Five Bahrainis Die in Iran While Over 1500 Remain Stranded, as Government Bungles Return Efforts Amid Coronavirus Crisis

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19 March 2020 – At least five of the more than 1500 Bahrainis thought to be trapped in Iran have died since the beginning of March, as Bahrain’s government faces rising criticism for repeated failed attempts to bring home citizens stranded by disruptions to air travel caused by Coronavirus.  Bahrain has no diplomatic relationship with Iran and airlines do not usually fly directly between the two countries.

The Iranian government has struggled for several weeks to contain one of the world’s most severe outbreaks of Coronavirus, which has caused 1335 deaths amid 17,361 confirmed cases.  Last Thursday, Bahrain’s government accused Iran of “biological aggression” for allegedly concealing the extent of the outbreak and failing to stamp Bahraini travellers’ passports, after Bahrain’s parliament, which has no legislative power or opposition representation, controversially voted not to return the stranded Bahrainis until they were cleared of the virus.

However, Bahrain has faced rising domestic criticism for its failure to arrange the safe return of Bahraini citizens stranded in Iran, estimated to number between 1500 and 1700 individuals according to local activists. 

Brendan O’Hara, Chair of the APPG on Democracy and Human Rights in the Gulf and an SNP Shadow Minister, has appealed to the British government to help to mediate the crisis, after being contacted by a British-Bahraini dual national whose father is among those trapped in Iran.

On 10 March, Bahrain’s Ministry of Health announced the arrival of the first flight from Iran carrying 165 Bahrainis, of whom at least  77 were infected with Coronavirus. According to the World Health Organisation (WHO), there are currently 242 confirmed cases from which Bahrain’s Minister of Health has stated 100 individuals have recovered. One individual, a 65 year old woman, has died in Bahrain from the virus.

Human rights activists have accused the government of irresponsibility after healthy and infected individuals were reportedly allowed onto the same flight and three subsequent attempts by the government to bring citizens were reported to have been abruptly cancelled. Last night, the Ministry of Health announced that a flight scheduled to depart today had been cancelled by the airline.

Distraught Bahrainis have also reported that their hotels in Iran have arbitrarily evicted guests as they begin to close to combat the spread of the virus. The Arabic hashtag #أعيدوا_العالقين_البحرينيين, or “Bring back the stranded Bahrainis” has been seen trending on Twitter for several days. 

Sayed Ahmed Alwadaei, Director of Advocacy at BIRD, commented: “It is tragic to see the death toll climb to five among the Bahrainis trapped in Iran, with little effort by the Bahraini authorities to bring their citizens home.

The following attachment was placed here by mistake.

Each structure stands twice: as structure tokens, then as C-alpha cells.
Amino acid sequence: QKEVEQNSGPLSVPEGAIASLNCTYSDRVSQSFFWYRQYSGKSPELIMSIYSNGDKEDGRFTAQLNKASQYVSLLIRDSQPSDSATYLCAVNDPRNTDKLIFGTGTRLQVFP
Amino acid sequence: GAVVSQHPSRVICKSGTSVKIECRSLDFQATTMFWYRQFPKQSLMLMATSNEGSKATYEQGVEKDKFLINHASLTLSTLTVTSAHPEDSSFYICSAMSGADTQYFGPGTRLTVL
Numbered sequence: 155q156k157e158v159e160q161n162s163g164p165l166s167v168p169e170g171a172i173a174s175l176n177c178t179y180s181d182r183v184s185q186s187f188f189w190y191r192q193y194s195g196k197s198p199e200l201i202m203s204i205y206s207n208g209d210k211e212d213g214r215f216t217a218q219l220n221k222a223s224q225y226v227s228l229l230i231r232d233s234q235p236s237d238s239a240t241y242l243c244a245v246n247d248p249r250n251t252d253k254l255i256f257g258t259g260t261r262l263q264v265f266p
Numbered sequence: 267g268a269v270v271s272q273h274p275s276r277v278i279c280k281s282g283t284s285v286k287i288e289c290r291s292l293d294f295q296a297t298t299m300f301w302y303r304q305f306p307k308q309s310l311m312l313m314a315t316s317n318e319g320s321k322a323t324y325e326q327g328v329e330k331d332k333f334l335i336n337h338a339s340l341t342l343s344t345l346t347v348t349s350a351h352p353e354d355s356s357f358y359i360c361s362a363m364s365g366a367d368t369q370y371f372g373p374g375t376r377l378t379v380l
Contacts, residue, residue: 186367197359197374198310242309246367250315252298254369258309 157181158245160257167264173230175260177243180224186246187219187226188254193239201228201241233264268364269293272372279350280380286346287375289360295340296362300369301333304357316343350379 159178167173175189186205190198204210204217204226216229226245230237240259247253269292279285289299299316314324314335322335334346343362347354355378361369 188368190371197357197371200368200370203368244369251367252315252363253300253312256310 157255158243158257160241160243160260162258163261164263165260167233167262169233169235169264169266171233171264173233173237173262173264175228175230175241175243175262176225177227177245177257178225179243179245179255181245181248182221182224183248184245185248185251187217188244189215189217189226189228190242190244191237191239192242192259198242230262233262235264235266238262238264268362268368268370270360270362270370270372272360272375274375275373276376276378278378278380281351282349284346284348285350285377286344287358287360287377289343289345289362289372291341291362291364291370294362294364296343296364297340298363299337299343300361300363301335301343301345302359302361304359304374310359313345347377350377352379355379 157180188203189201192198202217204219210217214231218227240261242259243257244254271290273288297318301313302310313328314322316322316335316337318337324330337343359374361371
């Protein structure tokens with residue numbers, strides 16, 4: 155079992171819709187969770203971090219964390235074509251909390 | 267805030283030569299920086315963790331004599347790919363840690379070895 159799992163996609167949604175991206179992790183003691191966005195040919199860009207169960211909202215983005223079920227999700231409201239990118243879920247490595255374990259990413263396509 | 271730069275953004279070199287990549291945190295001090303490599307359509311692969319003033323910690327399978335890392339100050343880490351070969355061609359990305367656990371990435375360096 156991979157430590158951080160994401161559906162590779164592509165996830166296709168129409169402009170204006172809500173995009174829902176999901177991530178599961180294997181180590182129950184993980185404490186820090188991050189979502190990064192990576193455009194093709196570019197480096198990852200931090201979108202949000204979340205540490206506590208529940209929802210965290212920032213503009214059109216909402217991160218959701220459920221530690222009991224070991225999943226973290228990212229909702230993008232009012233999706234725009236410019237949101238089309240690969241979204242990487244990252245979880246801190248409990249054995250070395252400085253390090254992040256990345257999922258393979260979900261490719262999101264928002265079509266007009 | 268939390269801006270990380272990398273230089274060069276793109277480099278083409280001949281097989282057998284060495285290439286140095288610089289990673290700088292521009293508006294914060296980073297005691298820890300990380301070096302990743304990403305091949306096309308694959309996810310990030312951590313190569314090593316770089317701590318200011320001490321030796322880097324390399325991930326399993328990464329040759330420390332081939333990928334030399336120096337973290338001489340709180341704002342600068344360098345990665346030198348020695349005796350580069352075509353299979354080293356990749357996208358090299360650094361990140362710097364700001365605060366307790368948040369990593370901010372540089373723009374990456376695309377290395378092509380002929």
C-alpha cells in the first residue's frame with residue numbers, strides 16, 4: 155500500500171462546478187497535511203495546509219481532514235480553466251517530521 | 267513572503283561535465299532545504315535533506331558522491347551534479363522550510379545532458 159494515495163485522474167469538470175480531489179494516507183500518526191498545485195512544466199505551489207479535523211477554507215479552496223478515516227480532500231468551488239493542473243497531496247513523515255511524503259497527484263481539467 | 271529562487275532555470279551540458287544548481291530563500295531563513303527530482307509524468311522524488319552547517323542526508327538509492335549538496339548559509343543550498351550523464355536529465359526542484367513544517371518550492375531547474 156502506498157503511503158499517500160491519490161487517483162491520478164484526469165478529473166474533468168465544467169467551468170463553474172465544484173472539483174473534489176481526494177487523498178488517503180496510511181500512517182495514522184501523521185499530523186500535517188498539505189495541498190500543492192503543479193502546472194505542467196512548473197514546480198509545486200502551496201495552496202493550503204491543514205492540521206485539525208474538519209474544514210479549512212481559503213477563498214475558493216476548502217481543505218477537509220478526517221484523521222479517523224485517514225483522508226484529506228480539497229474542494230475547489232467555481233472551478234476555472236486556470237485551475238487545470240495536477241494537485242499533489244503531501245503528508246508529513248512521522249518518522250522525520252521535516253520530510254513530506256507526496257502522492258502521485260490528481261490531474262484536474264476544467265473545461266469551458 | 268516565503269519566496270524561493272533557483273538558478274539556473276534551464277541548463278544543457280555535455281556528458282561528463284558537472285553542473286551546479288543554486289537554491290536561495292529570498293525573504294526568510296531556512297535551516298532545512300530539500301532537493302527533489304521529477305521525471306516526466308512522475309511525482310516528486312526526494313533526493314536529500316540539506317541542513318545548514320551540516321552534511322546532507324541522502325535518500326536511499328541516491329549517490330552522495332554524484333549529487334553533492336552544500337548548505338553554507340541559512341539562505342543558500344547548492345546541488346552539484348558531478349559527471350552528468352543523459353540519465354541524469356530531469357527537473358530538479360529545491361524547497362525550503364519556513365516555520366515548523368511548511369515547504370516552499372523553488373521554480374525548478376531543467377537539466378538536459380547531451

While the government has cynically exploited the pandemic to stoke regional tensions, over 1000 Bahrainis in Iran have been effectively abandoned, putting their lives at considerable risk. Bahrain must do whatever it takes to secure their safe return.”

Brendan O’Hara, Chair of the APPG on Democracy and Human Rights in the Gulf and Shadow SNP Spokesperson for International Human Rights and Conflict Resolution, commented: “As the worldwide Covid-19 crisis deepens, it is extremely worrying that there are still currently more than 1,300 Bahraini citizens trapped in Iran; a country where five Bahrainis have already died while being unable to return home. 

There appears to be a serious lack of effort to repatriate those stranded, amongst whom are relatives of British nationals who are, understandably, extremely worried about their families. 

In the face of this worldwide pandemic, it is essential that Iran, Bahrain and the UK set aside and rise above their political squabbles and work together in order to secure the safety and security of all their citizens.”

 

TIMELINE OF THE CRISIS:

  • 5 March:
    • 62 year old Bahraini Hasan Mansoor Hasan becomes first Bahraini to die in Iran since the crisis began.
  • 6 March: 
    • King Hamed instructs Shi’a Jafari Endowments to pay the expenses of Bahrainis trapped in Iran.
  • 8 March:
    • Bahrain’s Parliament votes not to return stranded citizens from Iran.
  • 10 March:
    • 54 year old Bahraini Moosa Abduljabar Al Khoohaji dies in Iran, according to local news.
    • Bahraini press announces the commencement of payments to citizens stranded in Iran from the Jafari Endowments.
    • Bahrain’s Minister of Health announces the arrival of 165 citizens from Iran on a Salam Air flight organised by the Ministry of Health.
  • 11 March:
    • Minister of Health announces that 77 of the 165 individuals returned the previous day have been found to be infected with the Coronavirus.
    • Minister of Health announces the next flight will commence on Thursday 12 March.
  • 12 March: 
    • Scheduled return flight fails to materialise, without any justification from Bahrain’s government.
  • 17 March: 
    • Second flight promised to stranded families also fails to materialise.
  • 16 March:
    • 62 year old Sayed Hameed Mustafa dies in Iran, according to reports from activist Ebtisam Al Saegh.
  • 18 March:
    • Ministry of Health announces that third flight scheduled for 19 March has been cancelled by the airline.
  • 23 March:
    • Ministry of Health announces that fourth flight scheduled for 23 March has been cancelled due to ‘logistical reasons’ by the company contracted to organise the trip.
  • 25 March:
    • Ministry of Health announces that the second group of Bahrainis trapped in Iran returned on the night of 25 March on the Iranian Kish Airline. It has been reported that 63 passengers were on the flight, 33 of whom were infected with the virus.
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